The physiological functions of ascorbic acid are largely dependent on the oxido-reduction properties of this vitamin. L-ascorbic acid is a co-factor for hydroxylases and monooxygenase enzymes involved in the synthesis of collagen, carnitine and neurotransmitters. Ascorbic acid accelerates hydroxylation reactions by maintaining the active center of metal ions in a reduced state for optimal activity of enzymes hydroxylase and oxygenase. Ascorbic acid plays an important role in the maintenance of collagen, which represents about one third of the total body protein. It constitutes the principal protein of skin, bones, teeth, cartilage, tendons, blood vessels, heart valves, inter vertebral discs, cornea and eye lens. Ascorbic acid is essential to maintain the enzyme prolyl and lysyl hydroxylase in an active form. The hydroxylation of proline and lysine is carried out by the enzyme prolyl-hydroxylase using ascorbic acid as co-factor. Ascorbic acid deficiency results in reduced hydroxylation of proline and lysine, thus affecting collagen synthesis. Ascorbic acid is essential for the synthesis of muscle carnitine (β-hydroxy butyric acid). Carnitine is required for transport and transfer of fatty acids into mitochondria where it can be used for energy production. Ascorbic acid acts as co-factor for hydroxylations involved in carnitine synthesis. Further, ascorbic acid acts as co-factor for the enzyme dopamine-β-hydroxylase, which catalyzes the conversion of neurotransmitter dopamine to norepinephrine. Thus ascorbic acid is essential for synthesis of catecholamines. In addition, ascorbic acid catalyzes other enzymatic reactions involving amidation necessary for maximal activity of hormones oxytocin, vasopressin, cholecystokinin and alpha-melanotripin. Ascorbic acid is also necessary for the transformation of cholesterol to bile acids as it modulates the microsomal 7α-hydroxylation, the rate limiting reaction of cholesterol catabolism in liver. In ascorbic acid deficiency, this reaction becomes slowed down thus, resulting in an accumulation of cholesterol in liver, hypercholesterolemia, formation of cholesterol gallstones etc. Ascorbic acid is known to enhance the availability and absorption of iron from non-heme iron sources.

Ascorbic acid in disease
Ascorbic acid and atherosclerosis
Lipid peroxidation and oxidative modification of low-density lipoproteins (LDL) are implicated in development of atherosclerosis. Vitamin C protects against oxidation of isolated LDL by different types of oxidative stress, including metal ion dependent and independent processes. Addition of iron to plasma devoid of ascorbic acid resulted in lipid peroxidation, whereas endogenous and exogenous ascorbic acid was found to inhibit the lipid oxidation in iron-over loaded human plasma. Similarly, when ascorbic acid was added to human serum supplemented with Cu2+, antioxidant activity rather than pro-oxidant effects were observed. Ascorbic acid is known to prevent the oxidation of LDL primarily by scavenging the free radicals and other reactive oxygen species in the aqueous milieu. In addition, in vitro studies have shown that physiological concentrations of ascorbic acid strongly inhibit LDL oxidation by vascular endothelial cells. Adhesion of leukocytes to the endothelium is an important step in initiating atherosclerosis. in vivo studies have demonstrated that ascorbic acid inhibits leukocyte-endothelial cell interactions induced by cigarette smoke or oxidized LDL. Further, lipophilic derivatives of ascorbic acid showed protective effect on lipid-peroxide induced endothelial injury.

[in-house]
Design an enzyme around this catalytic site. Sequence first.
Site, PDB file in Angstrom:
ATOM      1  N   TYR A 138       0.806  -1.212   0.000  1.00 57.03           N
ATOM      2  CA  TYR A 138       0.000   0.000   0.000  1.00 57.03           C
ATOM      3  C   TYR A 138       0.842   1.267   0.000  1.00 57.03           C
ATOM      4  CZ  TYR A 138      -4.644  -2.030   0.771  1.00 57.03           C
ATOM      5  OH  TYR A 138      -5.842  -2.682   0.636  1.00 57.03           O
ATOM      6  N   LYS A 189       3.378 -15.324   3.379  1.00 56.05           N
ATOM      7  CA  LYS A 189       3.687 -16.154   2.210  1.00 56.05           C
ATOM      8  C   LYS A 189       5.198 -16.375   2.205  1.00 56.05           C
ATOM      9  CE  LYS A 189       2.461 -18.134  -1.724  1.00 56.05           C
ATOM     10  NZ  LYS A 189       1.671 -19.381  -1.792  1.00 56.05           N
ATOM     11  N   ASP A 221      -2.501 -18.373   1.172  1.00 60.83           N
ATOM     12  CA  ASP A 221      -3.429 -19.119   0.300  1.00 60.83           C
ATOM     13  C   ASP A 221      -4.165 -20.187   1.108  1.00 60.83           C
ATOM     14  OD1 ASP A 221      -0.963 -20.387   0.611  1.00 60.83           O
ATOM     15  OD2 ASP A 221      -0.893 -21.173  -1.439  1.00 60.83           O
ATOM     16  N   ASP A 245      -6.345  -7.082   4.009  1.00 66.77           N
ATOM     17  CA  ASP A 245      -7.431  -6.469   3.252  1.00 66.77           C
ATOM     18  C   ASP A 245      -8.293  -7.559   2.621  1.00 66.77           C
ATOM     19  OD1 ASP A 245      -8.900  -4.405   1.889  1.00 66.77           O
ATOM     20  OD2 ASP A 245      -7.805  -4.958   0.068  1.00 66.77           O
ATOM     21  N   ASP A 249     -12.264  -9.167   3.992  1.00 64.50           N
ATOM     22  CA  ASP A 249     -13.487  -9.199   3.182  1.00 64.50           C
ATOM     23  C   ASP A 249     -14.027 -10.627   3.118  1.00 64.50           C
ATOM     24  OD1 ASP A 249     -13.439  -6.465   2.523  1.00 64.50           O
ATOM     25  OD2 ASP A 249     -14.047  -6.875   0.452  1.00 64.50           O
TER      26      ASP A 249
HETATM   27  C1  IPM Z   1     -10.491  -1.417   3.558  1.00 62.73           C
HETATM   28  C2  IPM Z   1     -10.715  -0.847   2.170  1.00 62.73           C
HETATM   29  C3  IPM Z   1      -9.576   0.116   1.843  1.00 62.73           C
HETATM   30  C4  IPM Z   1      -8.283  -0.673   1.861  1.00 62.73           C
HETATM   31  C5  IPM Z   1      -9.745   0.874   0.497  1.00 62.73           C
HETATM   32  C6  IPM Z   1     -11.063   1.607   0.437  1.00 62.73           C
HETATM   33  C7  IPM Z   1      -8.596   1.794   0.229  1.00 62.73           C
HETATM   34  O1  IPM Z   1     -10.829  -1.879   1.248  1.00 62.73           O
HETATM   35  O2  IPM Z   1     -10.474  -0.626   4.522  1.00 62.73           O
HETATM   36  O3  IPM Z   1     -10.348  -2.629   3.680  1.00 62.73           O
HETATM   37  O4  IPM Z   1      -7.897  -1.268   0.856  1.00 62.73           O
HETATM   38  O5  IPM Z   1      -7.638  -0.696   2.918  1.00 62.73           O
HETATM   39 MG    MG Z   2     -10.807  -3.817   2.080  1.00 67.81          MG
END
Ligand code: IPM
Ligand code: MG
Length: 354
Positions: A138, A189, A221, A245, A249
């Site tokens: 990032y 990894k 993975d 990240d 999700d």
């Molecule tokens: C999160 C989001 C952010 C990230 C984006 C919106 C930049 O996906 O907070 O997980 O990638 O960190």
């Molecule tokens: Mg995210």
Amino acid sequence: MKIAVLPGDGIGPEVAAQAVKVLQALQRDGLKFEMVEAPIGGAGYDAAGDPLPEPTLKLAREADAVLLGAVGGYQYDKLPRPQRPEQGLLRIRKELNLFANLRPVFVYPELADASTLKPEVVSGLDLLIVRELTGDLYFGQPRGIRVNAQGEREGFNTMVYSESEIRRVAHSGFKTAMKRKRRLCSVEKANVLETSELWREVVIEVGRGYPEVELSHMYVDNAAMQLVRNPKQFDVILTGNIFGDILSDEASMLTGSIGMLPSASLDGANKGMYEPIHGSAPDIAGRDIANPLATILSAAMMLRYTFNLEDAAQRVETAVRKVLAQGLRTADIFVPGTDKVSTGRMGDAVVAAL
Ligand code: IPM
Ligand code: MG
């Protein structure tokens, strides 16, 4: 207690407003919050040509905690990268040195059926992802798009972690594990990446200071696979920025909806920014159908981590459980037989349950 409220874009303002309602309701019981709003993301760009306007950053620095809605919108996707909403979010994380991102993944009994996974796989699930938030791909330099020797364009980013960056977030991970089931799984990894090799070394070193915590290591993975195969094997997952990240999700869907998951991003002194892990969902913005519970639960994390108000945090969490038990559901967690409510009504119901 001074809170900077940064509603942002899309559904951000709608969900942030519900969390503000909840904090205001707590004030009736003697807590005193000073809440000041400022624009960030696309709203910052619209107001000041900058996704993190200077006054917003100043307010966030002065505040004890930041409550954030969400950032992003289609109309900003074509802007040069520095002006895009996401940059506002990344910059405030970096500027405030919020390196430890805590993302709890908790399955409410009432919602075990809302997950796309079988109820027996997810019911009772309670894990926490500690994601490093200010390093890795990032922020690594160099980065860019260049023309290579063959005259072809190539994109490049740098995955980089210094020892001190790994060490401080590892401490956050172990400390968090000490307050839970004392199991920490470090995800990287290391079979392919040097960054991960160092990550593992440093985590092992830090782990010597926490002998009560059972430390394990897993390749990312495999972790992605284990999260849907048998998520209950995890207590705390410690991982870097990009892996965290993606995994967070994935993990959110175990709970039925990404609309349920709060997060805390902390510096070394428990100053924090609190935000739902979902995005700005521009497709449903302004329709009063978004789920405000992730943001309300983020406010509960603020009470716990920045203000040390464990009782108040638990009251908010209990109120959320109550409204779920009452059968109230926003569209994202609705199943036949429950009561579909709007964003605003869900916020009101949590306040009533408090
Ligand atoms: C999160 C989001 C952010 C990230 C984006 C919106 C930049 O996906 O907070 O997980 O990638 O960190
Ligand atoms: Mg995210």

Ascorbic acid and cardiovascular disease
Numerous studies have looked at the association between ascorbic acid intake and the risk of developing cardiovascular disease (CHD). A large prospective epidemiological study suggested that high intake of ascorbic acid was associated with a reduced risk of death from CHD in women and not in men. A third American cohort study suggested that cardiovascular mortality was reduced in both sexes by vitamin C. In the UK, a study showed that the risk of stroke in those with highest intake of vitamin C was only half that of subjects with the lowest intake and no evidence suggestive of lower rate of CHD in those with high vitamin C intake. However, a recent analysis on the role of ascorbic acid and antioxidant vitamins showed no evidence of significant benefit in prevention of CHD. Thus, no conclusive evidence is available on the possible protective effect of ascorbic acid supplementation on cardiovascular disease.